Arab terror has a long history. Thirteen centuries ago Mohammed, Islam’s founder and prophet, capitalized on the intrinsic violence of the Arab psyche, and made it a part of Islam’s basic principles – Jihad or Holy War.
Jewish tribes living in the Arabian Peninsula for centuries before the rise of Islam and whose bravery and scholarship was legendary among the Arabs became Mohammed’s first teachers. As a young merchant from Mecca, Mohammed learned Judaism from fellow Jewish merchants on long caravan routes. Jewish teachers provided inspiration for Mohammed’s creed. Jewish prophets foretold his success among his people and prepared the ground for his prophecies. Jewish warriors helped him escape from his own tribe and other Arab enemies hostile to his teachings and protected him behind the walls of the Jewish city, Medina. This flight is celebrated in Muslim history as the historic “Hijra.” Yet, it was they, Mohammed’s Jewish friends, who became the first victims of his Jihad.
Mohammad captured three beautiful Jewish women and added them to his harem. One was Rihana of the Kuraiza tribe, the elite of the Jewish Arab clans. The second was Safia, widow of Kihana, the slain Jewish tribal chief of the powerful Khaibar clan. The third was Zainab, sister of another slain warrior of the same tribe.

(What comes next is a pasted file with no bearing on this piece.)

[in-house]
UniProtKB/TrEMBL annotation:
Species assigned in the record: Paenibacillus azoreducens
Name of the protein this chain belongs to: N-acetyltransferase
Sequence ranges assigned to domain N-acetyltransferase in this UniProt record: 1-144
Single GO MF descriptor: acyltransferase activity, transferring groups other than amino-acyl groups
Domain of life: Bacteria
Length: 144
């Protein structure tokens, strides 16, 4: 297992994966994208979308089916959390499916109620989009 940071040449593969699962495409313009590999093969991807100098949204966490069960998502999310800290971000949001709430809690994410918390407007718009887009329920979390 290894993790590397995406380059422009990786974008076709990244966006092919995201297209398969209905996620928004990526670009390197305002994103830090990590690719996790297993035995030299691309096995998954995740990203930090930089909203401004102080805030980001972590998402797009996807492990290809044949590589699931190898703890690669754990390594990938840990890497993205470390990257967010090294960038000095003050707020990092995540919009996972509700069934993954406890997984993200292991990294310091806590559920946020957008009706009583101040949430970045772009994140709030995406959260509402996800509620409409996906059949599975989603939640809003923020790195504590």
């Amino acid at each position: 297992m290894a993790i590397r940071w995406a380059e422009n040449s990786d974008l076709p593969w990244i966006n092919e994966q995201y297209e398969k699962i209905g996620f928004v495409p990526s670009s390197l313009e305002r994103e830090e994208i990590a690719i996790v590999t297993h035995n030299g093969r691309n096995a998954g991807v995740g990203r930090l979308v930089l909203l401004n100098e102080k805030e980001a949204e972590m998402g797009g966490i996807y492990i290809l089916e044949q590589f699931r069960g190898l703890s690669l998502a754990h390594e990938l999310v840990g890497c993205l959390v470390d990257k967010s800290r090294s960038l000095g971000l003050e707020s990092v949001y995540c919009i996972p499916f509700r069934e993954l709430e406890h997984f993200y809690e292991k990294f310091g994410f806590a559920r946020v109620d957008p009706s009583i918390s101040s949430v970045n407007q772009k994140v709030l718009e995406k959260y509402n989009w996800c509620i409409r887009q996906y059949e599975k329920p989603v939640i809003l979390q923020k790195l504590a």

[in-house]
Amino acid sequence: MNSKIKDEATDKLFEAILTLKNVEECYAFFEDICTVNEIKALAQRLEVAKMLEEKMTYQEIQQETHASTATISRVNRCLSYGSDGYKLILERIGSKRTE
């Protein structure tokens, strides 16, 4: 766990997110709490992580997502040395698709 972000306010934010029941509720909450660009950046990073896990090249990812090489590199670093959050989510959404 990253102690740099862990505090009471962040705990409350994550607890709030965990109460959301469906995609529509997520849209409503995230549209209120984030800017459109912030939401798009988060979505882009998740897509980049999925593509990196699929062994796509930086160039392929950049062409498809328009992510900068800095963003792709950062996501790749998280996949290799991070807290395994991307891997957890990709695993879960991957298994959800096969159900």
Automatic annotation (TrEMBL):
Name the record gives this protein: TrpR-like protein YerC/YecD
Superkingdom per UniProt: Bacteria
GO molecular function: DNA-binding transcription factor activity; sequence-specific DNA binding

Safia was Mohammad’s favorite, her name glorified in the Koran.
Zainab, a woman of great pride and fiery temper, refused to reconcile herself to being the wife of her people’s implacable foe and swore revenge. On one occasion when she was charged with serving Mohammad and several guests in his tent, Zainab surreptitiously poisoned the food. While most of the guests died, Mohammad survived but suffered from the effects of the poison for the rest of his life.
Zainab was summarily executed.
The surviving Jewish tribal leaders were too intimidated by Mohammad’s cruelty to stand up against him. It was the women, two talented Jewesses, celebrated poets in the Arab world, who changed the mood.
One was Sarah of Yathrib, who in a famous elegy mourning the massacre of her people, recounted how the leaders of her city trusted Mohammad’s promise of peace, and opened the city gates. Mohammad and his men rushed in and slaughtered the men, taking the wives and children as slaves.
The other was Asmaa Bat Marwan from the tribe of Banu Khatama, who wrote biting satire about Mohammad’s prophesies, scorning him for his perfidy and cowardice. Asmaa’s satires and narrative poems were battle cries to the Jewish tribes to defy “the prophet of an inferior creed.”
The poems of Sarah and Asmaa were rare fearless voices of dissent, aimed to inspire the fragmented Jewish community to unite and rise up against Mohammad and his rule of terror.
To be continuedProf. Livia Bitton-Jackson
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